As India becomes part of an elite list of countries with 5G, Adarsh covers everything you need to know about the update

At the 6th Indian Mobile Congress held at Pragati Maidan, New Delhi, Prime Minister Narendra Modi announced the launch of 5G Network services in the country. India joins an elite few nations like the US, Korea, UK, Japan, China, and some countries across Europe.

In his address, Modi said: “New India will not remain a mere consumer of the technology but will play an active role in the development implementation of that technology. With 5G, India is setting a global standard in telecom technology for the first time. India will play a big role in designing the future wireless technology and manufacturing related to it.”

It is expected to be a transformational force for Indian society, heralding new economic opportunities and societal benefits all across the country.

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What is 5G? What change will it bring?

PM Narendra Modi remotely drives a car in Sweden from Delhi during the 5G services launch in India on October 1 (Image Credit: PIB)

5G is the fifth generation of mobile technology which has been designed to deliver higher data speeds and reduced latency. Compared to the existing 4G network, the Internet speed on 5G networks is 20 times higher. It will support lag-free connectivity and will help billions of connected devices across the country to share data in real-time.

Long story short, it promises faster download speeds for smartphone users. And for companies, it means a network that can power big data applications like autonomous devices, robots, virtual reality, augmented reality and cloud-based healthcare services.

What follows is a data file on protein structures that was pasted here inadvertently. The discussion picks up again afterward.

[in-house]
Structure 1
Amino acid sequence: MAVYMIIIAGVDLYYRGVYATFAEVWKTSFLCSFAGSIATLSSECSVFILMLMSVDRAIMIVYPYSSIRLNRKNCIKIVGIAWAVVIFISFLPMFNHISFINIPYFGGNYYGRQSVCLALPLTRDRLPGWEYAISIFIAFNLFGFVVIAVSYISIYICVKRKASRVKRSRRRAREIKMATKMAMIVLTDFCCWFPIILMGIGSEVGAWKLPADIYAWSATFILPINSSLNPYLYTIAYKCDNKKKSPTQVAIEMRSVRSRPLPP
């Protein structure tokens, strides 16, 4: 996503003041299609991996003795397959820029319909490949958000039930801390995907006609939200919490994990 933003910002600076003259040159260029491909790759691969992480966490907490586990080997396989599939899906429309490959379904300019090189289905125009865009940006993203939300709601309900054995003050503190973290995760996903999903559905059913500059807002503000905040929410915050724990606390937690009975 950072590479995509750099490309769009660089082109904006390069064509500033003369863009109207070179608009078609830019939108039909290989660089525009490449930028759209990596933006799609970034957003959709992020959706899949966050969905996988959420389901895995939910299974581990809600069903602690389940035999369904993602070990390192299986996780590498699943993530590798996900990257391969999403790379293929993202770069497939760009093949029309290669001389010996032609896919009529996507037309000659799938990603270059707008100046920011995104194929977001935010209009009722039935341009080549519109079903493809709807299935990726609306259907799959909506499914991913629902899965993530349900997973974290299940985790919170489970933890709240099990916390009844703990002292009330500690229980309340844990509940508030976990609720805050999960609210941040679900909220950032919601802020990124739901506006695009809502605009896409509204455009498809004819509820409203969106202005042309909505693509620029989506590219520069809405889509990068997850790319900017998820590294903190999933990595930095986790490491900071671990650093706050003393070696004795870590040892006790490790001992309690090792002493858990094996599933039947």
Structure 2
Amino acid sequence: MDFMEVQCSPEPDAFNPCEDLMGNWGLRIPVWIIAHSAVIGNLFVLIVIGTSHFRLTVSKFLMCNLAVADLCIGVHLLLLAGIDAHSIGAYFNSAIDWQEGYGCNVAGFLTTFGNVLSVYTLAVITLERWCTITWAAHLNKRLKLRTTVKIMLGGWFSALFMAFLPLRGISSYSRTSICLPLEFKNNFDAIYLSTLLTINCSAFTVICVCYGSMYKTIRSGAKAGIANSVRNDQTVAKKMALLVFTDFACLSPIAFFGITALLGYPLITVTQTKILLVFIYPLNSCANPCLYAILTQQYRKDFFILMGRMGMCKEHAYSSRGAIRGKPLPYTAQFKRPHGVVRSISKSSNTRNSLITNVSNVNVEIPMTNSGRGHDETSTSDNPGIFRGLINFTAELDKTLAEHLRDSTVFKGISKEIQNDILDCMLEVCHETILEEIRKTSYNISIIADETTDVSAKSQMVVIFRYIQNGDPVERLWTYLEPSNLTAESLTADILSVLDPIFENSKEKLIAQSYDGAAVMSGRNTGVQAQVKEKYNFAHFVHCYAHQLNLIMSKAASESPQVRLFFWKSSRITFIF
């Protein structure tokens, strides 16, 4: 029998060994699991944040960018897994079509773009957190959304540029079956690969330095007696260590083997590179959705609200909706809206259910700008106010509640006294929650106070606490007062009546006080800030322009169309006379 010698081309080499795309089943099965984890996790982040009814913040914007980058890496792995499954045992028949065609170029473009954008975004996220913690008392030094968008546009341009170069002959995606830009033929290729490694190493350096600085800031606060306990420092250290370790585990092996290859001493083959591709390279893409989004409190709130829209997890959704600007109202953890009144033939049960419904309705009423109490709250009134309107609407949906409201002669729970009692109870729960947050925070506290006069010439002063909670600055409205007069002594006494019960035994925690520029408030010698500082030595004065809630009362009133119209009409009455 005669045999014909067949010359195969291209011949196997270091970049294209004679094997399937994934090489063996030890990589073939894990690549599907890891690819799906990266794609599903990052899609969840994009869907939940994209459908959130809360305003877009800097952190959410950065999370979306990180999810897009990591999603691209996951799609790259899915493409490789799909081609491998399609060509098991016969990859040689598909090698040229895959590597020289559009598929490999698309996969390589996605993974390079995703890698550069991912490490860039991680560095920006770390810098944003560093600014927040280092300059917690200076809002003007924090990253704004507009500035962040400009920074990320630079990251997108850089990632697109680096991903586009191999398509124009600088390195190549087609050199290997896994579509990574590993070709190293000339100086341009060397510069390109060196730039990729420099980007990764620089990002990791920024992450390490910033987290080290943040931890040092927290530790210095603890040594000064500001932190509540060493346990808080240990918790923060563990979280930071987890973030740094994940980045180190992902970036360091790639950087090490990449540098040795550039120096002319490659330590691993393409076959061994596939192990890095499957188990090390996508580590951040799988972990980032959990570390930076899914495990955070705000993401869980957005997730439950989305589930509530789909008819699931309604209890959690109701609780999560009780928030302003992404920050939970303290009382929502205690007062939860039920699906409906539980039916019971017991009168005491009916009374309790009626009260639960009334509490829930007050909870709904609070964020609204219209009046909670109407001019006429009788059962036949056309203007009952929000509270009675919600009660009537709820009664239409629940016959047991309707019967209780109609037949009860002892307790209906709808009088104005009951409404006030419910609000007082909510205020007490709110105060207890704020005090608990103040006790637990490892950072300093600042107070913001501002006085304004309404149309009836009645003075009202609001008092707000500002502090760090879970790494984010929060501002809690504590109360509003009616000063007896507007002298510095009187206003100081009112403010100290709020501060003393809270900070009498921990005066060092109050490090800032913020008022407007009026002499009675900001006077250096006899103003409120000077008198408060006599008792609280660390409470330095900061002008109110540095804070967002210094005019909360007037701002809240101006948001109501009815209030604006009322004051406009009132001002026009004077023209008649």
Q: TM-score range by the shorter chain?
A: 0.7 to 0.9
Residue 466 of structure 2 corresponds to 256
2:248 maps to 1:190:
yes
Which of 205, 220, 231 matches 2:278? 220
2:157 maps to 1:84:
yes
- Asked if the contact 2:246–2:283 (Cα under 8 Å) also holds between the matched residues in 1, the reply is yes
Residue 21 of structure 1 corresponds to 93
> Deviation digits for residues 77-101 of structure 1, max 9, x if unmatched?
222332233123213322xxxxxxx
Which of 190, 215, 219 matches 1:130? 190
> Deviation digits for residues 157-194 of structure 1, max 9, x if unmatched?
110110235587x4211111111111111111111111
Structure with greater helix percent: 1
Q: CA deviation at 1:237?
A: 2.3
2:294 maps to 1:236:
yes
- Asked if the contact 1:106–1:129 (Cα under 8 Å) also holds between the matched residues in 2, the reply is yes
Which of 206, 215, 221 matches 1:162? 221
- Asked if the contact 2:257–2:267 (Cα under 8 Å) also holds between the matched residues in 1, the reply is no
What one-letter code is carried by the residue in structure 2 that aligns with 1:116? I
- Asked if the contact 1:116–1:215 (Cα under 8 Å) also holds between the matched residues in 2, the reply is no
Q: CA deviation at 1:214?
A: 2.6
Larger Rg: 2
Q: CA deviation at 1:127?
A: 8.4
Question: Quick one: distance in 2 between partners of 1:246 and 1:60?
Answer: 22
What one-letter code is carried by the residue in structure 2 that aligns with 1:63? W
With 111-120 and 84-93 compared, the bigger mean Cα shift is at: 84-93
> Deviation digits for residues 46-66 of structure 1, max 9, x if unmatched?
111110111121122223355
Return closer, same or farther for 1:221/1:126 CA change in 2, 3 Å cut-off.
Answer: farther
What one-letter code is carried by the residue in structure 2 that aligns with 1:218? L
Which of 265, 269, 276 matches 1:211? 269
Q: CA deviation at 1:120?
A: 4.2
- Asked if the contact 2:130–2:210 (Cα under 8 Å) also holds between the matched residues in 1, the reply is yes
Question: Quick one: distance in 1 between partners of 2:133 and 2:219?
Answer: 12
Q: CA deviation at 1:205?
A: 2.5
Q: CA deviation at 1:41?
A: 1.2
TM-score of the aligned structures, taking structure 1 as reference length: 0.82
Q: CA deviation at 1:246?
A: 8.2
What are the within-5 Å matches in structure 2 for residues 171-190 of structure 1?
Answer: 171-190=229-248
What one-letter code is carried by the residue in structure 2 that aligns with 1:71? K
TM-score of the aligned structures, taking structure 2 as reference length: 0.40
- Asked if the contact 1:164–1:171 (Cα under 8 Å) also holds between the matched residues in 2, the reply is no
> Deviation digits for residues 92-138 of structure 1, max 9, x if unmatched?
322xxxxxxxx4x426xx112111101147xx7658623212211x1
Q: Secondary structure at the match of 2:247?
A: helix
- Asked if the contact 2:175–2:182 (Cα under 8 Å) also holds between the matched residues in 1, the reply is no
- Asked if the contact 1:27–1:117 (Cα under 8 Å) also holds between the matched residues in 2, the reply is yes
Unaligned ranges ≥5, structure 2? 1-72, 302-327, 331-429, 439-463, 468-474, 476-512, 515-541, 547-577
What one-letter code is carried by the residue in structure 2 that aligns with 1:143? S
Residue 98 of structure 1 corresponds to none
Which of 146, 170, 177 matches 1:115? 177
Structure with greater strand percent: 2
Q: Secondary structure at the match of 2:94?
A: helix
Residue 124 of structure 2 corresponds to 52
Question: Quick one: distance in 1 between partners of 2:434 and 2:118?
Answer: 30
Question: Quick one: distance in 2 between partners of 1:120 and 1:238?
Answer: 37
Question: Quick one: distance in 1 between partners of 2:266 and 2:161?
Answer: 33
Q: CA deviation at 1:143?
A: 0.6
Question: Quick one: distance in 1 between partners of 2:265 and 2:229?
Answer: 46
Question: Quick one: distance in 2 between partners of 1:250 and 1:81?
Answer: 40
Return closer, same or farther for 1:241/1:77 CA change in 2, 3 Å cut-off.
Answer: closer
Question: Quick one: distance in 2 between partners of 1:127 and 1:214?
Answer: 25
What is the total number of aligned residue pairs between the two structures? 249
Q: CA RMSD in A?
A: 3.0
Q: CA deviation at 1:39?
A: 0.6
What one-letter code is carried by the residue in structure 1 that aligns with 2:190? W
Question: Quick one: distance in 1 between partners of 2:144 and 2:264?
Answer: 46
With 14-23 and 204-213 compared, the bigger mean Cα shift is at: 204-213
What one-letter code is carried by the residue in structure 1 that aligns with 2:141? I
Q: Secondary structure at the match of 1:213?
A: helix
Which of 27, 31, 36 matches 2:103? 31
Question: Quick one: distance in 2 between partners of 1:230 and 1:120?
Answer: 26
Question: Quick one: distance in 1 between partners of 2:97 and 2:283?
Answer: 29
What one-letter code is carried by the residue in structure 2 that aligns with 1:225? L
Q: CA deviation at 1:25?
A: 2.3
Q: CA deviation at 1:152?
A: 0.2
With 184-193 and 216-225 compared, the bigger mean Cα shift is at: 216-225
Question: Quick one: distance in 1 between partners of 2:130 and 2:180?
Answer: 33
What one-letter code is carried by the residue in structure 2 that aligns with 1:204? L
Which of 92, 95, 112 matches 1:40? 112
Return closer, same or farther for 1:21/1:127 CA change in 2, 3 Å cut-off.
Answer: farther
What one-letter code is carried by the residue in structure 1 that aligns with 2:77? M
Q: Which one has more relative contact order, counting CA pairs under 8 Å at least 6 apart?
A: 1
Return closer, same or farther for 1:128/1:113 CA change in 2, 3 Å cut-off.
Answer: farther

Apart from speeding things up and allowing faster streaming and downloads, 5G will also pave the way for a lot of safety measures. For instance, it will help in real-time monitoring of disasters and in minimizing the role of humans in dangerous industrial operations such as in deep mines and offshore activities.

Which Service Providers will have 5G?

Bharti Airtel and Reliance Jio will be the first ones to roll out 5G services in India. They will start with the metro cities, with Jio launching in Delhi, Mumbai, Chennai and Kolkata by Diwali. Airtel chairman Sunil Bharti Mittal said its 5G network will be launched with immediate effect in Delhi, Varanasi, Nagpur, Bangalore, Hyderabad, Mumbai, Chennai and Siliguri. He added that the company plans to provide a 5G network across the country by March 2024.

Vodafone Idea is also expected to join in soon with promoter Kumar Mangalam Birla saying that a network upgrade is currently in the process of being installed.

Things to look for in a 5G Phone

Your phone must have a 5G chipset to support a 5G network. A 5G chipset will have a built-in module to detect 5G reception. Most of the recent chipsets are 5G enabled in the mid-range and flagship segments.

Along with the phone’s chipset, it is the 5G band support on a device that will determine how reliable your next-gen connection is. Many of the cheaper 5G phones on the market have just 1 or 2 5G bands. For a stable and reliable 5G connection, get yourself a phone with 8-12 5G bands.